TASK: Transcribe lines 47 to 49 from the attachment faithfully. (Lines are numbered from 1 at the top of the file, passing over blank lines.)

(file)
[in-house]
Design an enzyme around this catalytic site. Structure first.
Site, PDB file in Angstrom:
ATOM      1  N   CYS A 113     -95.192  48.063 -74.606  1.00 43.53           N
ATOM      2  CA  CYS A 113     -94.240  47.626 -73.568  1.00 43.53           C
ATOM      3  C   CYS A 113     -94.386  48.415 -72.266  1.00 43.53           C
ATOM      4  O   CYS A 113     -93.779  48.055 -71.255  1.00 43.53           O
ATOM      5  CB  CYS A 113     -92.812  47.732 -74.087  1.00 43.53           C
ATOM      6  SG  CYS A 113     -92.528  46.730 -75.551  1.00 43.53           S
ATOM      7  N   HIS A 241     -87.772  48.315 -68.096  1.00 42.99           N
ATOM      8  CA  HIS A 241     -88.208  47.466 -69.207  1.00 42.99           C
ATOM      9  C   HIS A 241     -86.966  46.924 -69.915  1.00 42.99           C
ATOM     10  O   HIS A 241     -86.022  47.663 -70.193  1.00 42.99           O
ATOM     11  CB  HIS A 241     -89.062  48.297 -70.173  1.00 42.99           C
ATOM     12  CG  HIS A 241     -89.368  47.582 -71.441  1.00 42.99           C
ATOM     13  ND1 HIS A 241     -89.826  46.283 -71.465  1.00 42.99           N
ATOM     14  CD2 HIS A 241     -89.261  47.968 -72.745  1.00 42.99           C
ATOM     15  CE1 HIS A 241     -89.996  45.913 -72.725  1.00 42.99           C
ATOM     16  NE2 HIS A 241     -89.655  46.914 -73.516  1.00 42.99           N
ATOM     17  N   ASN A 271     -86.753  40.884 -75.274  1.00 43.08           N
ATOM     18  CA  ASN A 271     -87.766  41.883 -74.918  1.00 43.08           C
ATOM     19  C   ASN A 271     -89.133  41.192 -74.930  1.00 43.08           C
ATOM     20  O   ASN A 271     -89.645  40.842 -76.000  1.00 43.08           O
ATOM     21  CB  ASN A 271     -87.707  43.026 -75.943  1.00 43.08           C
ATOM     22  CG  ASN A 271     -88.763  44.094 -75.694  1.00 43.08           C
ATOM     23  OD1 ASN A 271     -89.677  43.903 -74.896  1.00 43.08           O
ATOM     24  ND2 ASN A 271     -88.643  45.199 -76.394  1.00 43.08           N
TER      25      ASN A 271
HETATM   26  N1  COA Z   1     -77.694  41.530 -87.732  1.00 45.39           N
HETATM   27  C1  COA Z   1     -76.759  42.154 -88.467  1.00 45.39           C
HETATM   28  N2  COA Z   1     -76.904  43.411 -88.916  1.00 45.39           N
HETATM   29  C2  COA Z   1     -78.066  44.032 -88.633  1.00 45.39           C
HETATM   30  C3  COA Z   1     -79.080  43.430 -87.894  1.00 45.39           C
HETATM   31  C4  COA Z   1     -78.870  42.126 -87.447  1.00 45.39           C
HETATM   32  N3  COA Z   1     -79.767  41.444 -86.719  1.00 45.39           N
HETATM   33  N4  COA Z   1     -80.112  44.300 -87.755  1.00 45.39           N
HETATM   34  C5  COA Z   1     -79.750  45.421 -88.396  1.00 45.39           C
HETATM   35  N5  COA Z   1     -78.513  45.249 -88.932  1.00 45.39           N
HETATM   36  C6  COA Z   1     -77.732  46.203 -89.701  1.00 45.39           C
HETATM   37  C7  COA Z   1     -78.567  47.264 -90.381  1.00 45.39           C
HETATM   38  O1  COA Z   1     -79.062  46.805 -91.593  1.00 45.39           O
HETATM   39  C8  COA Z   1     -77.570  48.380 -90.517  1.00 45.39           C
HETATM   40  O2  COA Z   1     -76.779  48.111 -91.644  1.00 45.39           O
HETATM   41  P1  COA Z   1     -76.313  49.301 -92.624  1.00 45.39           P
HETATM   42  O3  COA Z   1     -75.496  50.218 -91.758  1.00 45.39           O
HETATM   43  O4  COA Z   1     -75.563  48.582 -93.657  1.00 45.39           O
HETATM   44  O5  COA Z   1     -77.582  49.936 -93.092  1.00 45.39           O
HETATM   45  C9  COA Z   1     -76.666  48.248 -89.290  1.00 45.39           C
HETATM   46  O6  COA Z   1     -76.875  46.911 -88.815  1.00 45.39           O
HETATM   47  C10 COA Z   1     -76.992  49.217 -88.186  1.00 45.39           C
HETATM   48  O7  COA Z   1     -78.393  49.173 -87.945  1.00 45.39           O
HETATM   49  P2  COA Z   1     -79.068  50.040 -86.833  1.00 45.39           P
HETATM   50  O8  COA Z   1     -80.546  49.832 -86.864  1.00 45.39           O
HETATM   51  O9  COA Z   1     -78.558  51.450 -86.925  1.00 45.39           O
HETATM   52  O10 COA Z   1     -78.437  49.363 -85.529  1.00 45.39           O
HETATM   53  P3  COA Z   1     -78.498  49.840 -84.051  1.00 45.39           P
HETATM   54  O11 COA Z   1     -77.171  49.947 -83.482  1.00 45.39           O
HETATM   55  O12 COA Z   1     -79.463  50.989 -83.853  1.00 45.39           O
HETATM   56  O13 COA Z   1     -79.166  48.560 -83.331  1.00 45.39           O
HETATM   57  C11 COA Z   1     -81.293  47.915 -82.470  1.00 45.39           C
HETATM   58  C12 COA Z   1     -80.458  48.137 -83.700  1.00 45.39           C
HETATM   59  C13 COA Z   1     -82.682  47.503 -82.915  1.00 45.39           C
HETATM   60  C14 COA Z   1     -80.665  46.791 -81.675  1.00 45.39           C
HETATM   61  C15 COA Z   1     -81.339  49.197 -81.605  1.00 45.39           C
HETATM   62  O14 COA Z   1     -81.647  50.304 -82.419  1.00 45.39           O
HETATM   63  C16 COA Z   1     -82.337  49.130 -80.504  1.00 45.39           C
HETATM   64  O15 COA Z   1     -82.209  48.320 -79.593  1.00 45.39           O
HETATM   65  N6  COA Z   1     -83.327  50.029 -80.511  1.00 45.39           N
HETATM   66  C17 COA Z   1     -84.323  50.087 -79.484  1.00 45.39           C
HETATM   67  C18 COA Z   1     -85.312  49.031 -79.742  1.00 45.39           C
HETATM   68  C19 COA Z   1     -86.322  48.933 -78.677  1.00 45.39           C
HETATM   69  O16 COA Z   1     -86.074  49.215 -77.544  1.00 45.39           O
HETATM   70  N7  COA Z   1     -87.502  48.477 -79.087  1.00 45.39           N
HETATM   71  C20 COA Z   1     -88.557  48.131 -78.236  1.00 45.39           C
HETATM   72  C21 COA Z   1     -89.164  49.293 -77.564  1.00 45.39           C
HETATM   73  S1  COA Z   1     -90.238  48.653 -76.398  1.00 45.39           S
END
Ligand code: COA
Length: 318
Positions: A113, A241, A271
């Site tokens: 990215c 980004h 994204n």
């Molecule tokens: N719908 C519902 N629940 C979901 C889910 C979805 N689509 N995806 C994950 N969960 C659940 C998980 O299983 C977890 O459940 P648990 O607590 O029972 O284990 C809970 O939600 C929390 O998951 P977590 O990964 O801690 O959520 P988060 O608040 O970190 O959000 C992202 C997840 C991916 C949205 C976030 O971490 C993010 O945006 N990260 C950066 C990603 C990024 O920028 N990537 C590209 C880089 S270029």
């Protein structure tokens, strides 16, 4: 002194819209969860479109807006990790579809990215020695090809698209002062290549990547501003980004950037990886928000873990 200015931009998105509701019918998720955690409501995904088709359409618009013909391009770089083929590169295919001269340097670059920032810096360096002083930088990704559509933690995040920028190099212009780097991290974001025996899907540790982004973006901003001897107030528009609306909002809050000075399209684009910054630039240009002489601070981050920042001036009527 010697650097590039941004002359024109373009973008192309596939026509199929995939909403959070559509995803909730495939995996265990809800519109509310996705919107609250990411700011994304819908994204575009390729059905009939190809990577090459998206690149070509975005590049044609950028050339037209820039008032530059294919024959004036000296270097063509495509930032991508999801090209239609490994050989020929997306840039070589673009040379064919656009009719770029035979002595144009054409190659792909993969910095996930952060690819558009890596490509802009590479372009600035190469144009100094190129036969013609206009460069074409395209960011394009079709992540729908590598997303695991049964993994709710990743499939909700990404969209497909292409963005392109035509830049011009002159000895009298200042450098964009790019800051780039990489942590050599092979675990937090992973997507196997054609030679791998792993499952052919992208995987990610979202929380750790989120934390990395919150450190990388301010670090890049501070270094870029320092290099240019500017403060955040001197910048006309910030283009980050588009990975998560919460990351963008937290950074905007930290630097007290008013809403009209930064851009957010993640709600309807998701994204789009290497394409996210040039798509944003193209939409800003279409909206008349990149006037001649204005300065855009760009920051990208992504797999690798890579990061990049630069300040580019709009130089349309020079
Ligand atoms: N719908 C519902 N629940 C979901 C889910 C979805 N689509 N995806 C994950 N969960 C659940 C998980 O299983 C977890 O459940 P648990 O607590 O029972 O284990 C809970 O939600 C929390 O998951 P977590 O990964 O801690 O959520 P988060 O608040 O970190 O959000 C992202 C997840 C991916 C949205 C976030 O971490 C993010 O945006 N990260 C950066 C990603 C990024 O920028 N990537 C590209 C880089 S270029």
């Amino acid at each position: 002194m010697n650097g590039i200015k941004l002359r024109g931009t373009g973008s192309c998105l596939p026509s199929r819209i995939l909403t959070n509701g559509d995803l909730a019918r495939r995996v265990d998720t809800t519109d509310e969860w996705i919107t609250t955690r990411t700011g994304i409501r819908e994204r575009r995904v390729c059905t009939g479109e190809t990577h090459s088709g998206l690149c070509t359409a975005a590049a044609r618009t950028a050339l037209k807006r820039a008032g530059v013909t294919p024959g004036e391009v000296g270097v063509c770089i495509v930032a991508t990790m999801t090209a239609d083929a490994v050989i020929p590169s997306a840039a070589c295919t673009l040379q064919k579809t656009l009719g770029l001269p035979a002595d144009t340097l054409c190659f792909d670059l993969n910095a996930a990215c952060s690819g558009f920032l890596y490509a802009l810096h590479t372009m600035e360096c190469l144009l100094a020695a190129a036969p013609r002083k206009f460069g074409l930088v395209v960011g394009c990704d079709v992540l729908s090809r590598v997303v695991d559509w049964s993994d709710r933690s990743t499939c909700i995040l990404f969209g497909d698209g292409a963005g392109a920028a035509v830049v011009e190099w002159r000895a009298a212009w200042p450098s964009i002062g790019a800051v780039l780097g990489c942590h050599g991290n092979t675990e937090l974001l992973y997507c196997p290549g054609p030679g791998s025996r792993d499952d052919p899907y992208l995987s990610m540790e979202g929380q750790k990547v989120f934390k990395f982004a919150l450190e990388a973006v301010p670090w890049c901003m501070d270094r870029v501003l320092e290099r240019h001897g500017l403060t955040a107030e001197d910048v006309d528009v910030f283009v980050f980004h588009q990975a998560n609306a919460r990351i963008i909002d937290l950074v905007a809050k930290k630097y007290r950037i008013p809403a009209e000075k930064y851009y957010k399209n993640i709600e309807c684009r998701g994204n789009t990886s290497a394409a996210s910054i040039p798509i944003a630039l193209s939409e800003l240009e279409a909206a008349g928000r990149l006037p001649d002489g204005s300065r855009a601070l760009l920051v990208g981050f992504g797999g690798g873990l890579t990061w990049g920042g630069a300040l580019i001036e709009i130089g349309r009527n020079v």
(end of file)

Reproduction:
HETATM   44  O5  COA Z   1     -77.582  49.936 -93.092  1.00 45.39           O
HETATM   45  C9  COA Z   1     -76.666  48.248 -89.290  1.00 45.39           C
HETATM   46  O6  COA Z   1     -76.875  46.911 -88.815  1.00 45.39           O